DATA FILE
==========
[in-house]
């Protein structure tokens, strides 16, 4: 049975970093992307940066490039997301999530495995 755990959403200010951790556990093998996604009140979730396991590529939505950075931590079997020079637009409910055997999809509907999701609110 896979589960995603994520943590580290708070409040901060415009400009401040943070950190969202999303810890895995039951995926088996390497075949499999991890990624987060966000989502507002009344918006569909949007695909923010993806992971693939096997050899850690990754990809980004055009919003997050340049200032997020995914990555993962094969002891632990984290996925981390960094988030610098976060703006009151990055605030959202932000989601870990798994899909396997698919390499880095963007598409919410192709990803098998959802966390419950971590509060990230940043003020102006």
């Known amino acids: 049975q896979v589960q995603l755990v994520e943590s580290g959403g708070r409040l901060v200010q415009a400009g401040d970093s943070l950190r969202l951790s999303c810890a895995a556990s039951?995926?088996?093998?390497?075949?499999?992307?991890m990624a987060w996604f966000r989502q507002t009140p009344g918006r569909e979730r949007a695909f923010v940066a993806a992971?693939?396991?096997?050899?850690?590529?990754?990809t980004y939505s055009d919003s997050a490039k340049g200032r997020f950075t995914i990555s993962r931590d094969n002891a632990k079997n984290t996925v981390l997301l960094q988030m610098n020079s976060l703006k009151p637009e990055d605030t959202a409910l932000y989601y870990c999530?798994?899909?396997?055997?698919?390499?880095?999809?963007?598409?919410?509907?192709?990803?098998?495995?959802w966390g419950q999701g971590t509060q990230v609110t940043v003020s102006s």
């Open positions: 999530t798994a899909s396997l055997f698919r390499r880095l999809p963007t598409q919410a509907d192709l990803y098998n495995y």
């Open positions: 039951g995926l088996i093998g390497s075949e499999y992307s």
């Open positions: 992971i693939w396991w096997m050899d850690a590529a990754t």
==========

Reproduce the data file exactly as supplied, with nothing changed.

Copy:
[in-house]
């Protein structure tokens, strides 16, 4: 049975970093992307940066490039997301999530495995 755990959403200010951790556990093998996604009140979730396991590529939505950075931590079997020079637009409910055997999809509907999701609110 896979589960995603994520943590580290708070409040901060415009400009401040943070950190969202999303810890895995039951995926088996390497075949499999991890990624987060966000989502507002009344918006569909949007695909923010993806992971693939096997050899850690990754990809980004055009919003997050340049200032997020995914990555993962094969002891632990984290996925981390960094988030610098976060703006009151990055605030959202932000989601870990798994899909396997698919390499880095963007598409919410192709990803098998959802966390419950971590509060990230940043003020102006």
């Known amino acids: 049975q896979v589960q995603l755990v994520e943590s580290g959403g708070r409040l901060v200010q415009a400009g401040d970093s943070l950190r969202l951790s999303c810890a895995a556990s039951?995926?088996?093998?390497?075949?499999?992307?991890m990624a987060w996604f966000r989502q507002t009140p009344g918006r569909e979730r949007a695909f923010v940066a993806a992971?693939?396991?096997?050899?850690?590529?990754?990809t980004y939505s055009d919003s997050a490039k340049g200032r997020f950075t995914i990555s993962r931590d094969n002891a632990k079997n984290t996925v981390l997301l960094q988030m610098n020079s976060l703006k009151p637009e990055d605030t959202a409910l932000y989601y870990c999530?798994?899909?396997?055997?698919?390499?880095?999809?963007?598409?919410?509907?192709?990803?098998?495995?959802w966390g419950q999701g971590t509060q990230v609110t940043v003020s102006s």
């Open positions: 999530t798994a899909s396997l055997f698919r390499r880095l999809p963007t598409q919410a509907d192709l990803y098998n495995y």
């Open positions: 039951g995926l088996i093998g390497s075949e499999y992307s």
């Open positions: 992971i693939w396991w096997m050899d850690a590529a990754t």